Stripeyism is Ewan McDougall’s latest development. Recently, the Dunedin expressionist painted a red figure – eyes boggling and hair standing on end – bang in front of a stripy background. ‘Kowabunga’, he called it. He looked at it. He began other paintings, this time inverting his method. The stripes came to the fore and, he says, “The paintings came to life.”

The vivid stripes of this new genre are often squeezed lavishly from tubes of oil paint. This prevents tapering and enables robust lines. The colours snort, clang, buzz – they’re impolite. They’re wildly alive and happy to be together, endlessly coupling. Colours clash: yellow, red and orange stripes bask on a pink ground, or lime, red, black, yellow and blue cohabit on an orange ground.


Stylised figures jive in every painting. Faceless or eyeless and with nubs of teeth, they cavort under a lunatic moon. They declare the body to be a contact sport. Someone’s hand hugs someone else’s shoulder. They’re acrobats, stacked on each other. Visiting him at his Broad Bay studio, I draw the artist’s attention to this. “Picasso’s Saltimanques,” he replies. “The stacked figures represent instability, humility.” He looks at the painting, a triptych. “I enjoy puns and visual metaphors.” Other such puns include men with gut feelings – represented as dancers in their gut – or with wild ideas – figures literally emerge from a head. This artist gets quickly and cleanly to the psychosomatic truth.

Among a dozen similar motifs is a wolf. The artist is often interested in the human condition, in homo homoni lupis – man’s a wolf to man – but in this instance these are just playful dogs. “These are happy paintings,” he says.

And they are. While it would be wrong to call McDougall a realist painter, the fact is that these paintings exact that aforementioned psychosomatic realism: a jubilant, batty liberty, a profound feeling state that many viewers may recognise personally. In ‘Happy Jack’, stripes take on a life of their own, they sail through the sky like disorderly jelly beans. Indeed, many of the images have a jack-in-the-box briskness to them. This artist composes his paintings with a comfortable intensity. Unselfconsciously, figures launch in all directions, nor is there any shortage of them.

Little secrets abound. A tiny woman dives headlong into her suitor’s great, gaping mouth. Spot the word ‘love’ hidden as his impasto white teeth and within their fuchsia background. Eyes blip as impasto in a topsy turvy green face, hidden under a self-same green stripe. Judiciously, to calibrate the gloss of all this impasto, McDougall finishes every work with a coat of varnish.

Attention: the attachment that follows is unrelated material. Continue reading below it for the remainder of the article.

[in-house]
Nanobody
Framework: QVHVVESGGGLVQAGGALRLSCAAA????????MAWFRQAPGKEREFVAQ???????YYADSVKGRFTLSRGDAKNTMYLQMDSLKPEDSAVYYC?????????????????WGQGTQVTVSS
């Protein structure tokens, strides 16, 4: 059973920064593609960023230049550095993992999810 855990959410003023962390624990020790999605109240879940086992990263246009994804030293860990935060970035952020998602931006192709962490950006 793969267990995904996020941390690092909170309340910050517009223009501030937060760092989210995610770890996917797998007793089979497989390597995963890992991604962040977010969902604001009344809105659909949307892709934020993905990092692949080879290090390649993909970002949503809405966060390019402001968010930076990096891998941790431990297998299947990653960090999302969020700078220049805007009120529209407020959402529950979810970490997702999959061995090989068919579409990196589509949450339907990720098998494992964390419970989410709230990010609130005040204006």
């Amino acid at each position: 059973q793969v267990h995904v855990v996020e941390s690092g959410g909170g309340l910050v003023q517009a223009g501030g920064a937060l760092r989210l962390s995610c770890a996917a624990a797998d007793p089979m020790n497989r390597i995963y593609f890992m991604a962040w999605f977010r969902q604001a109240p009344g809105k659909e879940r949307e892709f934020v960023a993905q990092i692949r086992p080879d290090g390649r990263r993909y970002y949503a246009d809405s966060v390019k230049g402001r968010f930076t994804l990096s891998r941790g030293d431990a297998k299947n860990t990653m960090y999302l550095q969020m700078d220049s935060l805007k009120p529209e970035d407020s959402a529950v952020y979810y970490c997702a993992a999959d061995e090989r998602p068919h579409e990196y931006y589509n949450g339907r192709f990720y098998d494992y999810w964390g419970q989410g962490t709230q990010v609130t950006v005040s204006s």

Several contemporaries have influenced McDougall. Fellow painter Peter Cleverly, he explains, gave him the idea of painting his amusing titles directly on the front of his canvases, and the political activism of the late Australian painter Gordon Bennett made a lasting impression on him. Visually, Bennett went in for the stick figure too, and for combining rough gestures with intricate ones.


Ewan McDougall’s Stripyism is a generous, uninhibited show for all ages and tastes. Widely accessible due to their brightness and pictorial legibility, these paintings are a feast for the eyes and a radiant manifesto of the sheer joy of impulsive and intuitive living. Ironically, it took a very grounded and dedicated, unique practitioner to create them. These are open works. A real gift.

Review by Angela Trolove, reprinted with permissions from Galllery De Novo. 


Ewan McDougall is a Dunedin painter who has been exhibiting for 30 years. He has had 100 solo exhibitions, has shown in five NZ Public Galleries and also exhibited in London, NYC, Sydney, St Ives, Cremona and Valencia. He is a prize winner or Finalist in prominent NZ Art Awards and has paintings in many Public Collections. He prizes spontaneity, colour, vibrant primitive figures and a lashings of irony.

Angela Trolove loves writing about art. She reviews for Olga Gallery, ArtZone, Theatreview, and Landfall, and she tutors academic writing for Studiosity in the evenings. She writes to savour the world’s details, primarily as narrative non-fiction. She lives in ōtepoti with her Italian-Kiwi family. She is currently working on a collection of short stories.